potential variables from which you wish to *eliminate* a
few--i.e., if you're fine-tuning some prior selection of variables--you
should generally go *backward*. (If you're on a fishing
expedition,
you should still be careful not to cast too wide a net, lest you
dredge up variables that are only accidentally related to your
dependent variable.)

**What values should you use
for the F-to-enter and F-to-remove
thresholds? **As noted above, after Statgraphics completes a
*forward run* based on the *F*-to-enter threshold, it
takes a *backward look* based on the *F*-to-remove
threshold,
and vice versa. Hence, *both *thresholds come into play
regardless
of which method you are using, and *the F-to-enter threshold
must be greater than or equal to the F-to-remove threshold*
(to prevent cycling). Usually the two thresholds are set to the
same value. Keeping in mind that the *F*-statistics are *squares*
of corresponding *t*-statistics, an *F*-statistic equal
to 4 would correspond to a *t*-statistic equal to 2, which
is the usual rule-of-thumb value for "significance at the
5% level." (4 is the default value for both thresholds.)
I recommend using a somewhat smaller threshold value than 4 for
the automatic phase of the search--for example 3.5 or 3.
Since
the automatic stepwise algorithm is myopic, it is usually OK to let it
enter a few too many variables in the model, and then you can
weed out the marginal ones later on by hand. However, *beware
of using too low an F threshold if the number of variables is
large compared to the number of observations, or if there is a
problem with multicollinearity in your data (see warning #2 above)*.
I would urge you to resist the urge to use an F-threshold smaller
than 3--often this opens the gates to a horde of spurious
regressors--and you should never forget to "manually"
apply your usual standards of significance to the variables in
the model at the end of the run.

**Just in case you're curious
about how it's done:*** *At
each step in the stepwise process, the program must effectively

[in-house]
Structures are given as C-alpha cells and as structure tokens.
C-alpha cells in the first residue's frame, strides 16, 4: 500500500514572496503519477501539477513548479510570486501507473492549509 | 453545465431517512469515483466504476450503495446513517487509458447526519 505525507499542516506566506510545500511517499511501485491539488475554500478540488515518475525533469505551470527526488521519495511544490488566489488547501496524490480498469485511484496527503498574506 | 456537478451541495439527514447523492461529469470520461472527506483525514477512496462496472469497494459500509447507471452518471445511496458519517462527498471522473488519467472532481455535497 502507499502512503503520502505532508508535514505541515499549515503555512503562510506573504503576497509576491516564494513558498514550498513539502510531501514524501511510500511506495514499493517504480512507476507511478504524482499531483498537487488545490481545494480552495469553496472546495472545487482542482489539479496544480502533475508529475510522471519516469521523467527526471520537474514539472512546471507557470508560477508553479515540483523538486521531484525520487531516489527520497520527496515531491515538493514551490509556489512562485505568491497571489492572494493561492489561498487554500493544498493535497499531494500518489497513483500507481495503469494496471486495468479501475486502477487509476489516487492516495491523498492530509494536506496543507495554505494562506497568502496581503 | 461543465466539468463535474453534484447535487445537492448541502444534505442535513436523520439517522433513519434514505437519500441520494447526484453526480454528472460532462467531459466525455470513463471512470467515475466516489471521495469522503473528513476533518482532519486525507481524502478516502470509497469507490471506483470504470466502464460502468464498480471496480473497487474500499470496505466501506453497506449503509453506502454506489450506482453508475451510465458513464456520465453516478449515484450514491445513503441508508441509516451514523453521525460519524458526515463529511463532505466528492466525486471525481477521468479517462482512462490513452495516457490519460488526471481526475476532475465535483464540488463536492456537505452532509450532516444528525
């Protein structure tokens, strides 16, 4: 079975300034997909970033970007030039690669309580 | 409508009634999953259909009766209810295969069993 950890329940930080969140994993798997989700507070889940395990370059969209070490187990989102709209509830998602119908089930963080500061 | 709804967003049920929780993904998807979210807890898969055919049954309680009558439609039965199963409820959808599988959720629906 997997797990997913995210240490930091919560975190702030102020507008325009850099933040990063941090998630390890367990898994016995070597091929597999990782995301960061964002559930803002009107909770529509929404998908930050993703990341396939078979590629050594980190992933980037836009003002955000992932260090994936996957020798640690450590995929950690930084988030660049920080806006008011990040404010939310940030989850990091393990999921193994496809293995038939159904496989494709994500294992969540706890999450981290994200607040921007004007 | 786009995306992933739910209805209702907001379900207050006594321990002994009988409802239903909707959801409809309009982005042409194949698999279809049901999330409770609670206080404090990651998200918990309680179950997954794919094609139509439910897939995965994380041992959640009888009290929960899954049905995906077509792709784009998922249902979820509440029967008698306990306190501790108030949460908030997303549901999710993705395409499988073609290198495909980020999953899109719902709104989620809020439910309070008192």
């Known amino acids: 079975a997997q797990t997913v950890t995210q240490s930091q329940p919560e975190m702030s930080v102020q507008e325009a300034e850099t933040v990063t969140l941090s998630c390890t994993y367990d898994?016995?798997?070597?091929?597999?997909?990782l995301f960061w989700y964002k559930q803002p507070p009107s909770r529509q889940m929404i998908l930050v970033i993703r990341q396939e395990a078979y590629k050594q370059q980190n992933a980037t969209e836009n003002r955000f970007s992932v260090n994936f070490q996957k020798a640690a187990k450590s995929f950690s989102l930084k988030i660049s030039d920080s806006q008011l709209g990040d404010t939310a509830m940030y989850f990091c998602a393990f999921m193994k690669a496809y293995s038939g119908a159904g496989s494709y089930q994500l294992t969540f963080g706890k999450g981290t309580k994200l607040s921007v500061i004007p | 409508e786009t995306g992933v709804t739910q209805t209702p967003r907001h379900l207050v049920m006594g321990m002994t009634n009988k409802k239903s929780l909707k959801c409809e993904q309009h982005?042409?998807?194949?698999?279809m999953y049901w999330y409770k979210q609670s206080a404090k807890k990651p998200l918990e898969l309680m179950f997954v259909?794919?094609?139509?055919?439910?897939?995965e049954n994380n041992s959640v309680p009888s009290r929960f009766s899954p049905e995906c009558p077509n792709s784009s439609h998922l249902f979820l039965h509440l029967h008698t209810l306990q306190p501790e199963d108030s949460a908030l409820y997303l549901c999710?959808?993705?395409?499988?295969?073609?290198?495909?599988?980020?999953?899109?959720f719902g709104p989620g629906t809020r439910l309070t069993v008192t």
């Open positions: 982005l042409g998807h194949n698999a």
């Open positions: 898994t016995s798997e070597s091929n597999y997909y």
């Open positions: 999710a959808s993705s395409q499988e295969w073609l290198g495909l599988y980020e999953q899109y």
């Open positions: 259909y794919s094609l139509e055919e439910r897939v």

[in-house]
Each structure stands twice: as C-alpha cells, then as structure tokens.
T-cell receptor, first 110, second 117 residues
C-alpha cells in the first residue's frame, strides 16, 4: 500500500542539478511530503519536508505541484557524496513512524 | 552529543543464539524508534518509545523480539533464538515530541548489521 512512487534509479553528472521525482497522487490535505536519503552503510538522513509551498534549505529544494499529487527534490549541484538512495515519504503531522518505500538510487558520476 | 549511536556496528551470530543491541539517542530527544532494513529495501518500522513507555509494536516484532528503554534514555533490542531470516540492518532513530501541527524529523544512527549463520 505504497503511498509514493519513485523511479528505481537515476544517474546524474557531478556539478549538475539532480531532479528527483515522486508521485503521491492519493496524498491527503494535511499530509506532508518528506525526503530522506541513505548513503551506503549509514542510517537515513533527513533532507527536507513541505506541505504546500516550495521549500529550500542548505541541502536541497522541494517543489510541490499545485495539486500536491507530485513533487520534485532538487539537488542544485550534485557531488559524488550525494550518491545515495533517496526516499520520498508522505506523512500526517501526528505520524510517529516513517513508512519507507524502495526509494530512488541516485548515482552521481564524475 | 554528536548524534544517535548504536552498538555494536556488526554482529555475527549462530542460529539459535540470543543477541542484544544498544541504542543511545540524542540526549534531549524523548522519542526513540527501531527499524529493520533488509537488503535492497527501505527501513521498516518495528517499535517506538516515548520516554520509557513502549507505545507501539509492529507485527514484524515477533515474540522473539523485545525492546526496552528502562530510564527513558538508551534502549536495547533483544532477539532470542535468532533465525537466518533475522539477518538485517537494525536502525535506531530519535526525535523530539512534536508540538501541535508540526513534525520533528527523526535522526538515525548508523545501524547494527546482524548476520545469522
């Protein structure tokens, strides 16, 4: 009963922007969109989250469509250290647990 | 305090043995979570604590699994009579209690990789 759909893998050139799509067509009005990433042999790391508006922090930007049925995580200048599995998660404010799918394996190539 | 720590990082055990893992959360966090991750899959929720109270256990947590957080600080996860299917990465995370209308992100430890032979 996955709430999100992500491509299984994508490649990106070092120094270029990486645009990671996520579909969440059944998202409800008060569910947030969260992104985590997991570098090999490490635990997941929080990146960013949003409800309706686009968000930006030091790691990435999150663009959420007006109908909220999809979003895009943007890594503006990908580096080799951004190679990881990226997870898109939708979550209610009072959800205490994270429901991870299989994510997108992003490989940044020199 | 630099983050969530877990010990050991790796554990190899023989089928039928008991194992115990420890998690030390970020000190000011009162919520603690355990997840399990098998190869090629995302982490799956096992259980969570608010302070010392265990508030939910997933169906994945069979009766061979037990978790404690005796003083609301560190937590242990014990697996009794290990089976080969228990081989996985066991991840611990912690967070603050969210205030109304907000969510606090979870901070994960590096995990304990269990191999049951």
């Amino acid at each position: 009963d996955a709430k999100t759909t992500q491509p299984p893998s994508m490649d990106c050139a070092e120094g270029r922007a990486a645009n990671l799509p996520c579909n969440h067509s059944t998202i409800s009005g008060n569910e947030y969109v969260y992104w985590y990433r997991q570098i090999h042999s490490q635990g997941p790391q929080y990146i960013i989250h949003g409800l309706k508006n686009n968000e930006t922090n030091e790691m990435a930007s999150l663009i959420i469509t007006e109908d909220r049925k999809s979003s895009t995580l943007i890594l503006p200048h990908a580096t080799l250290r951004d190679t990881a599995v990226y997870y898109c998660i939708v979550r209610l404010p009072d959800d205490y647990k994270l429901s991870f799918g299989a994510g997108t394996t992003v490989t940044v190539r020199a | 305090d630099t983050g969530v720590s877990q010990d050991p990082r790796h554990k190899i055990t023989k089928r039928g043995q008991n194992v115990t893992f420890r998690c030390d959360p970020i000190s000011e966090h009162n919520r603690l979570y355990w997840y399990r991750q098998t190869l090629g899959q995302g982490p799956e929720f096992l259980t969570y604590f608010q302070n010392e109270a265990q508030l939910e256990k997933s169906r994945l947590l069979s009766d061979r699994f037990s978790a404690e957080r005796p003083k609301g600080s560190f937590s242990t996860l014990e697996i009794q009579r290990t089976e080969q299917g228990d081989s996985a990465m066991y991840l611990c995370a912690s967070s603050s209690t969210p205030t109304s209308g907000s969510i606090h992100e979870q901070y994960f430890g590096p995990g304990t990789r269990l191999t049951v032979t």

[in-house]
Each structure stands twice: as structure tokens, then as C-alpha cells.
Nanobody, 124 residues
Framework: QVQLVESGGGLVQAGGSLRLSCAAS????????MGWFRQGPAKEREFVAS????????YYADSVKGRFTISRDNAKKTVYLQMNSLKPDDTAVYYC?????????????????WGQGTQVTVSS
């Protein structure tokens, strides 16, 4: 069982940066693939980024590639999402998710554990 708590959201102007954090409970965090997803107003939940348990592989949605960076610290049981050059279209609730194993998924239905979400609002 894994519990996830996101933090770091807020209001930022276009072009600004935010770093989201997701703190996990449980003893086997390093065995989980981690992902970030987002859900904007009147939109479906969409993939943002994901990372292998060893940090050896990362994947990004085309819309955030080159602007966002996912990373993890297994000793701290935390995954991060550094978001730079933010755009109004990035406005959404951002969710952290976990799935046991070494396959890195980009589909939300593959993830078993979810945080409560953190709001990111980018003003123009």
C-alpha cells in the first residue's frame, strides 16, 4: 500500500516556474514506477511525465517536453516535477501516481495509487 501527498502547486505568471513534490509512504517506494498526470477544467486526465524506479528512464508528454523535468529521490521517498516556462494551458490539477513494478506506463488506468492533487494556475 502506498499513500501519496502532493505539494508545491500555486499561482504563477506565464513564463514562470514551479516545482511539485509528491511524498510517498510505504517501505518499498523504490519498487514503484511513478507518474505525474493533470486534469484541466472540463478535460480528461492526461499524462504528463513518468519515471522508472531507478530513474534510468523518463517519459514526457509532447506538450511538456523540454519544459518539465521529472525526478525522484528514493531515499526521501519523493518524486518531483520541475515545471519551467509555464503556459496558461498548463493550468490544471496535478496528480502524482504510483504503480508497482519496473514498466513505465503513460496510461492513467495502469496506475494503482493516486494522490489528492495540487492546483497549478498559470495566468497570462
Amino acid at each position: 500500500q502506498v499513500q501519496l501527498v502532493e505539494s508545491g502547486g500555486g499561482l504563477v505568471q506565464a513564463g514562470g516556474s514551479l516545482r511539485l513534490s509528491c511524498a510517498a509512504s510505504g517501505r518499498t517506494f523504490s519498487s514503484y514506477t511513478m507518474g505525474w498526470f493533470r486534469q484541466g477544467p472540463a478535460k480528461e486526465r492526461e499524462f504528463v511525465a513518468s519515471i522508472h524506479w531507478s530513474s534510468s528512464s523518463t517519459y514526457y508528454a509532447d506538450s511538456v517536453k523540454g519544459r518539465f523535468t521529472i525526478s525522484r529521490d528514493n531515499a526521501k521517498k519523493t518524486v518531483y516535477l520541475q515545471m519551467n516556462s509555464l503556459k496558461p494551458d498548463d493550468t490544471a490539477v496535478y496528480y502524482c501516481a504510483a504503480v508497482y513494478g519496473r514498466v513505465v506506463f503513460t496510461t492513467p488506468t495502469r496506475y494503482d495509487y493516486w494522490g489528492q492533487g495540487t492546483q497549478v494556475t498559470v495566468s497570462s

fit a multiple regression model to the variables *in* the
model in order to obtain their *F*-to-remove statistics,
and it must effectively fit a separate regression model for *each*
of the variables *not* in the model in order to obtain their
*F*-to-enter statistics. When watching all this happen almost
instantaneously in Statgraphics, you may wonder how it is done
so *fast*. The secret is that it *doesn't* have to fit
all these models from scratch, and it doesn't need to reexamine
all the observations of each variable. Instead, the stepwise search
process can be carried out merely by performing a sequence of
simple transformations on the correlation matrix of the variables.
The variables are only read in once (when you first hit OK after
filling in the input panel), and their correlation matrix is then
computed (which may take a few seconds if there are very many
variables). After this--i.e., once you get to the right-mouse-button
options where the* *stepwise process can be enabled--the
sequence of adding or removing variables and recomputing the *F*-statistics
requires only a simple updating operation on the correlation matrix.
(This operation is called "sweeping," and it is similar
to the "pivoting" operation that is at the heart of
the simplex method of linear programming, if that means anything
to you.) The computational simplicity of the stepwise regression
algorithm re-emphasizes the fact that, in fitting a multiple regression
model, the *only* information extracted from the data is
the correlation matrix of the variables and their individual means
and standard deviations. The same computational trick is **used
in all-possible-regressions.**

**All-possible-regressions**
goes beyond stepwise regression